As I mentioned before, we do have a WHCF online at lichess.org now, although there’s not much interest yet. Of course, the internet is a chess playground, so for those who are new to the online chess environment, here is a little information that you may find helpful.
Lichess.org has quite a lot going for it. The main thing is that it is completely free and does not have any premium features requiring you to pay extra. Everybody gets everything free. You can donate to them (become a patron), but you don’t get anything extra for it. There are lots of teams you can join. Probably the most useful for you are ‘English Chess Players’ which is the ECF team, and ‘chess England’ which is the team organised by Adam Raoof (London’s most active chess organiser and a FIDE International Arbiter). Events like tournaments are organised by the lichess platform, and specifically within the teams (Adam is running this week’s Hampstead chess congress in his lichess team space). You can play chess any time of day or night. You do not need to enter a tournament, you just start a game.
Since lichess is completely free it is very popular, and it has been struggling a little over the last few days with the load on its servers.
If you have not found the other major places to go to play chess or learn about chess on the internet, then here’s a start.
The Internet Chess Club is the original place that chess was played on the internet. I’ve been playing there for maybe 20 years (can’t remember). You can play for free as a guest, but it is basically behind a paywall. So it costs something like £40 a year (charged in dollars).
Chess24 is a great place to watch major tournaments when they are on. They have a lot of free stuff, including live videos from major tournaments with grandmaster commentary. Frankly I think this is amazing - people who like to watch football have to pay a fortune to get live TV coverage of major events, chess players get it free! Chess24 have a lot of stuff behind a paywall too.
Chess.com seems to be the biggest on the internet at the moment. Again, they have free stuff, play for free, etc. And they also have stuff behind a paywall.
Also I sometimes look at 2700chess.com but that is only showing games from top tournaments, without commentary. You cannot play there. It is pretty basic.
You will also find sites hosted by well-known chess players and trainers. Often these have useful free educational material, and then you pay a fee to gain access to in-depth training materials. Two examples of this kind of thing are GM Nigel Davies www.tigerchess.com and IM Cristof Sielecki www.chessexplained.com. Nigel’s site is interesting and comprehensive, while Cristof’s is basic and more of an advertising space for his books etc.
Although I said that most chess played on the internet is fast, there are still plenty of people who want to play slow games. Lichess offers a correspondence option, for example. If you want to play correspondence really seriously then you can join events through the British Correspondence Chess Association (BCCAchess.org) or the International Correspondence Chess Federation (iccf.com). There are also some clubs at lichess for players who prefer slow time controls, say game in 30 minutes or more.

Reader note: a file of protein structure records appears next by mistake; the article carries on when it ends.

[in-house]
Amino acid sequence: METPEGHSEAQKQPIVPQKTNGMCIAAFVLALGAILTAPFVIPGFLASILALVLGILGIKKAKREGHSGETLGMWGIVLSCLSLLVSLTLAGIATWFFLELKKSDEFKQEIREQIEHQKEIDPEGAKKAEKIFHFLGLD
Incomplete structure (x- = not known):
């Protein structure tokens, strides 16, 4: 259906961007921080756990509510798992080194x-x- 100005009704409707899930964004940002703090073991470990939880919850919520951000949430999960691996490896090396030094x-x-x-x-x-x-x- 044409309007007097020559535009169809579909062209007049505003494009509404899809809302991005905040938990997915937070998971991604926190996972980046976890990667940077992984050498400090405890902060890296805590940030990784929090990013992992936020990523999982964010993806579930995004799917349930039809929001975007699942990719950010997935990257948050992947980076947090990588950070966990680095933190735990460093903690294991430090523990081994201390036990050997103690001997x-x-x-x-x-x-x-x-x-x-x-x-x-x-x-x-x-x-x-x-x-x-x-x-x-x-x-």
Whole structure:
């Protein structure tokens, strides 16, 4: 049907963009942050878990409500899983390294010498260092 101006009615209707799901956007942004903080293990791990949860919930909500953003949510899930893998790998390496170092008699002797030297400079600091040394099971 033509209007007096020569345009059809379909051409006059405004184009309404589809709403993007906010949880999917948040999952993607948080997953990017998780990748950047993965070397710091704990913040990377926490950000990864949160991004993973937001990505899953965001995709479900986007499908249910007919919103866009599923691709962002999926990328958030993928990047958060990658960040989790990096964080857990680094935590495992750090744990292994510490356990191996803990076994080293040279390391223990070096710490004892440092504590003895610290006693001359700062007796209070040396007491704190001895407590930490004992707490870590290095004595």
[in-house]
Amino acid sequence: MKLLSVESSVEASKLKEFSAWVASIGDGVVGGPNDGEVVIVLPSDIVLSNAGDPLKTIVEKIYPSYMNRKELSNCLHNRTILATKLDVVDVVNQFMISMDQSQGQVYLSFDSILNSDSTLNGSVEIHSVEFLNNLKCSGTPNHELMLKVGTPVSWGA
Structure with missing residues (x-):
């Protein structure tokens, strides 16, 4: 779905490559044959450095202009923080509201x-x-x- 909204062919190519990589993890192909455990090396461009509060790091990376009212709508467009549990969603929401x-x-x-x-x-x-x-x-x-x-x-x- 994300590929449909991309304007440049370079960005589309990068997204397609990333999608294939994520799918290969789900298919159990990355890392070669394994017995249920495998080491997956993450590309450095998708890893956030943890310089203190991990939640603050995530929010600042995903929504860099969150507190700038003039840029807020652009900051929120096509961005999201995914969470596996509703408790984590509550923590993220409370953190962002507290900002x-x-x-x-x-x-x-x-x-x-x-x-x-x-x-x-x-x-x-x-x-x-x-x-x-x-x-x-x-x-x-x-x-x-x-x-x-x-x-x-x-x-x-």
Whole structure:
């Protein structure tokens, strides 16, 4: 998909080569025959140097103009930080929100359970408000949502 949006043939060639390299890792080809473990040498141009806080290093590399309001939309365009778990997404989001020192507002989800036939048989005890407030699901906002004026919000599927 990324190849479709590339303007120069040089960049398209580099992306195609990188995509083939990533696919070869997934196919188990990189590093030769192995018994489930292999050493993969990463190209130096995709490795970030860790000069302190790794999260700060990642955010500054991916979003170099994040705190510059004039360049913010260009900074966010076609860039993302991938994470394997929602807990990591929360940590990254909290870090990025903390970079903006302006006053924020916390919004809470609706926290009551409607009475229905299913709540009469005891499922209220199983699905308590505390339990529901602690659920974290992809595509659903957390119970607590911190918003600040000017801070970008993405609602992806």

In regular correspondence play, which happens through the ICCF server at iccf.com, it is entirely legal to use computers and databases. (I don’t know about lichess correspondence play.)
In normal play on the internet it is illegal (cheating) to use computers unless you are explicitly flagged as a computer user.
If you become really keen there are loads of people posting chess videos at youtube and streaming at twitch.tv.
Here’s a fairly amusing chess story to possibly entertain you.
Has your opponent ever announced “mate in 73”? Well, supposing they did, do you think you would reply “yes, I agree, great game, well played!”
It happened to me last month.
Of course we are talking correspondence chess here. I was playing for “Herts & Minds” (Hertfordshire) in the States and Regions Correspondence Chess Championship, Division 2.
The event cross-table is here:
And you can replay the game here
Remember this is correspondence chess and both players are using computer engines and databases. So no blunders. But it does answer the question that a lot of people ask - how can you win/lose a correspondence game, when you have a computer engine to help you out? The answer is, basically, very long-term strategic weaknesses that the engine may evaluate as a tiny disadvantage, but the exploitation of the advantage is so far outside the engine’s horizon that it tells you that the position is “equal” or nearly so.
However, your engine will not tell you that the final position, after 96 moves, is “mate in 73”. Because that is outside the engine’s horizon, too.
But the International Correspondence Chess Federation uses “table bases”, for positions with up to 7 pieces on the board. In simple terms, this means that chess has been “solved” for up to 7 pieces. You can look up the best moves in a table. And the table says that, in the final position, with perfect play by both sides, it is mate in 73. Once an ICCF game gets down to 7 pieces, the players can simply pack up and go home, and record the result that the table base tells them is inevitable.
17th March 2020
Dear WHCF members,
Dear WHCF members,
David and I have decided that given the given the present circumstances the Welwyn Hatfield Chess Forum should suspend all activities until further notice.
Our constitution does not have any specific guidance for these circumstances, and calling an extraordinary general meeting is clearly not an option. However, we believe common sense dictates that the WHCF should cease all activities until we hear advice from the relevant authorities that normal social contact can be resumed.
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